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1

Changing the sign of the y will indeed result in another point. Let (x, y) be a point on the curve, then y^2=x^3+ax+b=(-y)^2. Thus the point (x, -y) is also on the curve. Finding 5 more points can be done by adding and doubling the given points until you have five more points. There is no 'mod' in this case, since the field over which the curve is defined ...


1

They're using $\lambda$ as the slope of the line $\vec{PQ}$. Namely, $\lambda = \frac{y_Q - y_P}{x_Q - x_P}$. Now the idea is: take the line $y - y_P = \lambda (x - x_P)$ and find a third point (other than $P$ and $Q$) on this line intersected with the curve. To do this, plug in $x = x_P + t$ and $y = y_P + \lambda t$: $(y_P + \lambda t)^2 = (x_P + t)^3 ...


1

There are formulae for these operations: http://en.m.wikipedia.org/wiki/Elliptic_curve_point_multiplication. Simply fill in the formulae to get the answers.


1

You should let a computer try all possibilities for nP, until nP=O. Then n* is the order of P. EDIT: To do this using a computer or by hand, use the formulae found on wikipedia: http://en.m.wikipedia.org/wiki/Elliptic_curve_point_multiplication Instead of division, you should multiply by the modular multiplicative inverse, since we are working in a finite ...


2

See Harald Hanche-Olsen for most of the solution. When the two points are the same, there are lots of lines through them. You need the line that is tangent to the curve at that point. Differentiate the equation to find the slope of the tangent $$ 2y\frac{dy}{dx}=3x^2+2x-1$$ and, oddly enough, the slope of the line $dy/dx$ is zero again, and the line is ...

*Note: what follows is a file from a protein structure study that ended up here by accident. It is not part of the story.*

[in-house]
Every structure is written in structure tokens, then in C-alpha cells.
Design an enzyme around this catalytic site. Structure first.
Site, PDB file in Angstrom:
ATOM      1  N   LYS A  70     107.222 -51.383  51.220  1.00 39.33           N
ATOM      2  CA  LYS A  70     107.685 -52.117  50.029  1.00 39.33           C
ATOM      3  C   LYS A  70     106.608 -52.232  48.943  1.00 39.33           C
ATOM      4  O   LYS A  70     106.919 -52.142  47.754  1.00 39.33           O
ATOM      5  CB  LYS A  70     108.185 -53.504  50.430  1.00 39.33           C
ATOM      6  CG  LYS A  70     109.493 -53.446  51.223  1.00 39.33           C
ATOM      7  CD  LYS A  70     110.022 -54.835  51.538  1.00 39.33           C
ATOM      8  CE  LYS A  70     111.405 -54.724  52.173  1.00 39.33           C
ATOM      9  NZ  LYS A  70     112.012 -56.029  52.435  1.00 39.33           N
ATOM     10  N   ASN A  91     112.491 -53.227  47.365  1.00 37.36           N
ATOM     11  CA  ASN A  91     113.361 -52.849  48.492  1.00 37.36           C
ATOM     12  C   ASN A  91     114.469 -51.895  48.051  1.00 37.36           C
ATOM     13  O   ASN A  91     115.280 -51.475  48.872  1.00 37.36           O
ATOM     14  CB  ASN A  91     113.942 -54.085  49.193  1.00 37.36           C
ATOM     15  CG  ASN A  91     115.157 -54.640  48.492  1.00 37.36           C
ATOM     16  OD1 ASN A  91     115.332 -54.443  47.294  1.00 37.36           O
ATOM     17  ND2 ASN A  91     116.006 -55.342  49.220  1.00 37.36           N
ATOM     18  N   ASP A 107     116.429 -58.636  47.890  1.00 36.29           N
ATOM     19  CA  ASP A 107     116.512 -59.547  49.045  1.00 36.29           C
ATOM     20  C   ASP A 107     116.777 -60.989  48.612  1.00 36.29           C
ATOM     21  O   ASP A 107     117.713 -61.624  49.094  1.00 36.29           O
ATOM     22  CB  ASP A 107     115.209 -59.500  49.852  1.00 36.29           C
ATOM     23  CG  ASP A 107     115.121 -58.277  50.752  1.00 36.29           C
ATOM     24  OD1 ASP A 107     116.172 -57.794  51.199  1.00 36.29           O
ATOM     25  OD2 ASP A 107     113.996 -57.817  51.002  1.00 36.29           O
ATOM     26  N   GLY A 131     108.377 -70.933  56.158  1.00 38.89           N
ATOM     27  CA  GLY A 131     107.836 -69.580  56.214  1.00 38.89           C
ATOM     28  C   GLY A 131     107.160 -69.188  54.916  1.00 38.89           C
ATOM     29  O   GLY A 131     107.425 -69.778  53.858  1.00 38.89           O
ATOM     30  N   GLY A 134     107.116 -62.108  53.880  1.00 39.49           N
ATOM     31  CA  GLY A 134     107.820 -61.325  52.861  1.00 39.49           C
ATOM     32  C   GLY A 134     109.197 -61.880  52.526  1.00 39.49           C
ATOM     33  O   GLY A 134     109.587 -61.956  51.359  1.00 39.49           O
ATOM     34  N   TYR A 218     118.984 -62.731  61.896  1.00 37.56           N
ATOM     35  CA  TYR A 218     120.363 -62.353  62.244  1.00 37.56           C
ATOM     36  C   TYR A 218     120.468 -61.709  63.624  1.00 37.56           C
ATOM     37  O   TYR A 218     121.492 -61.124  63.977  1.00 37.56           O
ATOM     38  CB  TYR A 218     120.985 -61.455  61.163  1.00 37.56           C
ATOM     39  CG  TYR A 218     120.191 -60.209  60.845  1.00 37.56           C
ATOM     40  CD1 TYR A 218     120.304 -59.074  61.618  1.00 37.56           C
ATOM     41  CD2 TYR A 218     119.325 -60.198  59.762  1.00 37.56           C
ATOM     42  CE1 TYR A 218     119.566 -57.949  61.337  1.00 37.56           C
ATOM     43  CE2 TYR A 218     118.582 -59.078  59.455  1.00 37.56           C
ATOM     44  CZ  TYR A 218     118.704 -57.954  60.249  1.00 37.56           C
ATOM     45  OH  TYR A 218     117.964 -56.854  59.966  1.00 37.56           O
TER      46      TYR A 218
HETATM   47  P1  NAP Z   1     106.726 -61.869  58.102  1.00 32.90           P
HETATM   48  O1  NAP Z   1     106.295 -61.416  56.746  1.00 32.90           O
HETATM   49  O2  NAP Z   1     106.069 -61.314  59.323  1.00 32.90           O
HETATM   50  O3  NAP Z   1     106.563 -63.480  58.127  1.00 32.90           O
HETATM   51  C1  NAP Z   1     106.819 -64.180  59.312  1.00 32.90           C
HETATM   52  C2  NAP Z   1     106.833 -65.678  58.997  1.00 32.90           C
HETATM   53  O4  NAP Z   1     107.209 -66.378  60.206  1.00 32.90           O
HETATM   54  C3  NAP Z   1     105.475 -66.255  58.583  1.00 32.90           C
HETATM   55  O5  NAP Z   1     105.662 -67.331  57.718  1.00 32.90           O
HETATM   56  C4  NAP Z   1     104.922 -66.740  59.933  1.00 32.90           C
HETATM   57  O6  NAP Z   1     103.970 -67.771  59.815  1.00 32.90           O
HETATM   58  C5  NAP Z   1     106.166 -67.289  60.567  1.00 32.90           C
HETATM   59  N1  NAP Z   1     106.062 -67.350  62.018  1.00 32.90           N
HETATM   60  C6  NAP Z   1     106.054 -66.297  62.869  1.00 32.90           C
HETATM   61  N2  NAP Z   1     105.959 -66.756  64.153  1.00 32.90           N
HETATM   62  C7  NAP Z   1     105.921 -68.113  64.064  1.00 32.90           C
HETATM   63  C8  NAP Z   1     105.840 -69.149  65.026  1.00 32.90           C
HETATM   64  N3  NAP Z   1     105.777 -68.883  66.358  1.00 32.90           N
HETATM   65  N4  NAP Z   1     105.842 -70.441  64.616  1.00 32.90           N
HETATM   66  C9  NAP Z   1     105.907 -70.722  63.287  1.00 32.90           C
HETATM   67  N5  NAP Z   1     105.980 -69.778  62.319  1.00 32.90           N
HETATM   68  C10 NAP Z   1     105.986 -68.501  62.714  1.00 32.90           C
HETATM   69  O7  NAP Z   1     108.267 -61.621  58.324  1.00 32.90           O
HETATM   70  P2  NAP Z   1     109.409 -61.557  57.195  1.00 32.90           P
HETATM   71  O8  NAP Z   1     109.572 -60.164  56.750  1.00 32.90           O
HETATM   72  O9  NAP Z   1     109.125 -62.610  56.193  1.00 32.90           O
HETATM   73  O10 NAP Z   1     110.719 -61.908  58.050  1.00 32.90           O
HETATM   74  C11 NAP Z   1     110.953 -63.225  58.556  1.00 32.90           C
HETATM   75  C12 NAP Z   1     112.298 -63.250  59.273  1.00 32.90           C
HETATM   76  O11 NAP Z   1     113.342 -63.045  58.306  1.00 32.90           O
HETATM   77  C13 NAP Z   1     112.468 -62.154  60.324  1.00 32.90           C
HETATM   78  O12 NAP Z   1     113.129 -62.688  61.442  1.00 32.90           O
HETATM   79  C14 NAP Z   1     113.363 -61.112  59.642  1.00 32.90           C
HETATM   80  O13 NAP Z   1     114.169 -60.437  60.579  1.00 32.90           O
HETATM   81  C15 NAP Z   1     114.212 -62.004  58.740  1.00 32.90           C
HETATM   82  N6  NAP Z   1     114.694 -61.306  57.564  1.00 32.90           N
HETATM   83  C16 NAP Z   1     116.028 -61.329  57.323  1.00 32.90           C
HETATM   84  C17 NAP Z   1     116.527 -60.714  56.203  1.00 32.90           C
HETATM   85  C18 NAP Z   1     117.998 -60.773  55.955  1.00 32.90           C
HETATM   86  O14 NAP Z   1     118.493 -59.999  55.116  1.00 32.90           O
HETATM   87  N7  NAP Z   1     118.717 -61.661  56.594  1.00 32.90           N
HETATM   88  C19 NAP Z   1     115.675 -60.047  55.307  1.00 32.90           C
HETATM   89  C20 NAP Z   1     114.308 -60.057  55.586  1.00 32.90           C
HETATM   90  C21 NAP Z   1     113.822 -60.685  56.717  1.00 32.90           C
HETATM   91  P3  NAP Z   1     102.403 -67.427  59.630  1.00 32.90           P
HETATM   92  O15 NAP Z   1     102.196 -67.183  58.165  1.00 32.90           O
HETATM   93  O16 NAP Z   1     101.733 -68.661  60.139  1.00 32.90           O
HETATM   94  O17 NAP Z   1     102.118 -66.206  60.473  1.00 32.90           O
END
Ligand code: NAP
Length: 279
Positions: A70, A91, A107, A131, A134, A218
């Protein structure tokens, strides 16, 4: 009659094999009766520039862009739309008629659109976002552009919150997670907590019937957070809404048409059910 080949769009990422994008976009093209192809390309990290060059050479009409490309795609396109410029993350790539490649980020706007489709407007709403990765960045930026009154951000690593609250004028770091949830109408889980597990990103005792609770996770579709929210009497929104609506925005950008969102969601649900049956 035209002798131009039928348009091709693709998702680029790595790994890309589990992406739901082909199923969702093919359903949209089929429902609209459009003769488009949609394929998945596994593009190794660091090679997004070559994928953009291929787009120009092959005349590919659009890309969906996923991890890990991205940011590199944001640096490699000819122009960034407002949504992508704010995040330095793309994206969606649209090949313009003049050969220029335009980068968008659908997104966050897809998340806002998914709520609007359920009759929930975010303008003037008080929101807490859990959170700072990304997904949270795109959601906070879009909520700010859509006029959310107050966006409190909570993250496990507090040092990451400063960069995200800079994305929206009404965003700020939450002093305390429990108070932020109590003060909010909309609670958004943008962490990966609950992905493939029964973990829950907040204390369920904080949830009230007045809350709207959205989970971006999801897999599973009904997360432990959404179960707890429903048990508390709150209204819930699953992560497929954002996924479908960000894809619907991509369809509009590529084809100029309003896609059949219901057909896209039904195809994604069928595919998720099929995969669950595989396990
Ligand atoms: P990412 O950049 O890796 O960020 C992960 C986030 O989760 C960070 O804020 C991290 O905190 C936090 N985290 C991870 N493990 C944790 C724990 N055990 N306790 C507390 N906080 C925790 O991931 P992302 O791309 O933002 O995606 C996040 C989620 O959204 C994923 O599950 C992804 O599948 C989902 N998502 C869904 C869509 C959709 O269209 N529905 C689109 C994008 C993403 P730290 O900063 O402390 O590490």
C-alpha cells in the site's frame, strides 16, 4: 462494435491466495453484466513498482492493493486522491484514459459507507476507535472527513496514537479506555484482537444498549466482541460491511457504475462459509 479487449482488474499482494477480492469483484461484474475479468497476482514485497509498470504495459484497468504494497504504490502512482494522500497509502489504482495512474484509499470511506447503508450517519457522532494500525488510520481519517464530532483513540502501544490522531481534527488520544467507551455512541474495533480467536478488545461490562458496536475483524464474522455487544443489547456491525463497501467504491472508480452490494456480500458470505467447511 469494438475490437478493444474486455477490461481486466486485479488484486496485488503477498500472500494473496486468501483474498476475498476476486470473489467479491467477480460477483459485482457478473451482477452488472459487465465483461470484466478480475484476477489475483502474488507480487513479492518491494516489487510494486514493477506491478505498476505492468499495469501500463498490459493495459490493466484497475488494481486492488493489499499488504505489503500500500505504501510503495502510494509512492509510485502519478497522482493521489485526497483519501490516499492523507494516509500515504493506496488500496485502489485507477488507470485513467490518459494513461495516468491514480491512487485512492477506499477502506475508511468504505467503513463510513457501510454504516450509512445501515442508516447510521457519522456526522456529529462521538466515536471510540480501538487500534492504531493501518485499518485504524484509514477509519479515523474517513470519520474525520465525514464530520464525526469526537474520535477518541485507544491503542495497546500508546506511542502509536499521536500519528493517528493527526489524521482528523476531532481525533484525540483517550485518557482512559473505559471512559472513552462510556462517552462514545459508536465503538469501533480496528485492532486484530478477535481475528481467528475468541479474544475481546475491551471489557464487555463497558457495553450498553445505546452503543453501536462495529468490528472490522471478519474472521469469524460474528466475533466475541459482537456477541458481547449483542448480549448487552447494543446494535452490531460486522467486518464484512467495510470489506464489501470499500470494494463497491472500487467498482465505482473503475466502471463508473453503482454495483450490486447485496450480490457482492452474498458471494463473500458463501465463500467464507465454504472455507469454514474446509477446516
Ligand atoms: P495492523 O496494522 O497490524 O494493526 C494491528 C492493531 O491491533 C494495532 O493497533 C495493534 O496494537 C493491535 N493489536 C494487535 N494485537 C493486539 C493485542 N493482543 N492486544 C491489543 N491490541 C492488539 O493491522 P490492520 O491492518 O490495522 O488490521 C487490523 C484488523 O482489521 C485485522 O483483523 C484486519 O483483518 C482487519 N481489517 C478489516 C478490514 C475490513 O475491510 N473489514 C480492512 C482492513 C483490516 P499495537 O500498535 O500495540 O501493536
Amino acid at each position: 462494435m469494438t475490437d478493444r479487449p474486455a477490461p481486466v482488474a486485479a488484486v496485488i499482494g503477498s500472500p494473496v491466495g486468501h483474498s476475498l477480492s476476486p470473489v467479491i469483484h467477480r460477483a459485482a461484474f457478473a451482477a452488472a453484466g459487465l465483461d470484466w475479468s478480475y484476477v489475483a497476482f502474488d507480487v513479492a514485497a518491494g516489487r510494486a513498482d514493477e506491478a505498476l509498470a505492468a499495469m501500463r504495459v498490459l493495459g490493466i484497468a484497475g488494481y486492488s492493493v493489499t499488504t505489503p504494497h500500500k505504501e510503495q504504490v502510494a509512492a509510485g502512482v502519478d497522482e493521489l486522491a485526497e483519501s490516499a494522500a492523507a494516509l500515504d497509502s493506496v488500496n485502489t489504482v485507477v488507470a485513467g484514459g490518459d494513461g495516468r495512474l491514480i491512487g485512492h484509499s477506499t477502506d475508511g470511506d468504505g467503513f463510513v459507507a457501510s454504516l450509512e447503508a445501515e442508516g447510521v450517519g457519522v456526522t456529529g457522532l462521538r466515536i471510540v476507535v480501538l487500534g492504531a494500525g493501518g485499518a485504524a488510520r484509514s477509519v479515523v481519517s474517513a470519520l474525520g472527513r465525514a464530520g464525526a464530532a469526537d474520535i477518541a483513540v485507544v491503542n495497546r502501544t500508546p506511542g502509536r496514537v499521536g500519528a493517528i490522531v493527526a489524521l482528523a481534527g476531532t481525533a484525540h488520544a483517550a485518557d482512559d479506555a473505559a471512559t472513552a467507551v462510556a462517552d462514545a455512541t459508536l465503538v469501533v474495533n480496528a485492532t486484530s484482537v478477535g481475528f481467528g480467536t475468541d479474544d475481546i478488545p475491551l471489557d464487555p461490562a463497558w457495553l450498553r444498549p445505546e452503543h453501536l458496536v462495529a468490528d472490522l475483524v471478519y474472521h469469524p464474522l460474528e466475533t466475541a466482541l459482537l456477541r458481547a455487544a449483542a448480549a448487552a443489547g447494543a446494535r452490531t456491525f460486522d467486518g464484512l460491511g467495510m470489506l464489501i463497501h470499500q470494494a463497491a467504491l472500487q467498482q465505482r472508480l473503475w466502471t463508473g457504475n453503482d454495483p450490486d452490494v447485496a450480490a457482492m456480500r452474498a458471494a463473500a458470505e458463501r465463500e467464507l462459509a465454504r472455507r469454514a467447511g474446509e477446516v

3

For the first one, find the equation of the line through the two given points: It is $y=1$. Find the three intersection between this line and the curve. Substituting in $y=1$ in the curve equation and simplifying gives $x^3-x=0$, with the three solutions $x=0$, $x=1$, and $x=-1$. (If the equation had been any harder, you could have simplified it by dividing ...


2

You don't need a text on cryptography, these are elementary facts that you find on every elliptic curves text. For example, check J.Silverman's "The arithmetic of elliptic curves" or Washington's "Elliptic curves: number theory and cryptography".


2

The degree of the line bundle is $3$. This means that a generic section of $\mathcal O(3p)$ has $3$ zeroes. This means that a generic line in $\mathbb P^2$ intersects the image of the curve in $3$ points, which means the image has degree $3$. This kind of computation is part of the basic package related to using line bundles to embed varieties into ...


1

A nonsingular curve $C\subset\mathbb{P}^2$ of degree $d$ always has genus $g = \frac{(d-1)(d-2)}{2}$ (this can be computed explicitly), so $g=1$ implies $d=3$.


1

Let $f(x,y) = x^3+ax+b - y^2$. Then our equation is $f(x,y) = 0$. At a point $(p,q)$ on this curve, the tangent line is: $\frac{\partial f}{\partial x}(p,q) (x-p) + \frac{\partial f}{\partial y}(p,q) (y-q) = 0$ Parametrize this with $x(t) = p - t\frac{\partial f}{\partial y}(p,q)$ and $y(t) = q + t\frac{\partial f}{\partial x}(p,q)$. Then we are to show ...


2

Careful! The elliptic curve is defined over a field $\mathbb F$, but is itself a group $G$. These are two completely different structures. If $(x,y)$ is a point on the elliptic curve (and therefore an element of $G$), then $x$ and $y$ are elements of the field $\mathbb F$. The "characteristic of the group" makes no sense; presumably you mean the ...


4

You should begin by carefully understanding, in the case that $E = \mathbb C/\Lambda$ is an elliptic curve over the complex numbers, the canonical isomorphism between the $\ell$-adic Tate module and $\mathbb Z_{\ell} \otimes_{\mathbb Z} \Lambda$ (or, what is the same, the inverse limit $\varprojlim_n \Lambda/\ell^n\Lambda$). Once you've understood that, ...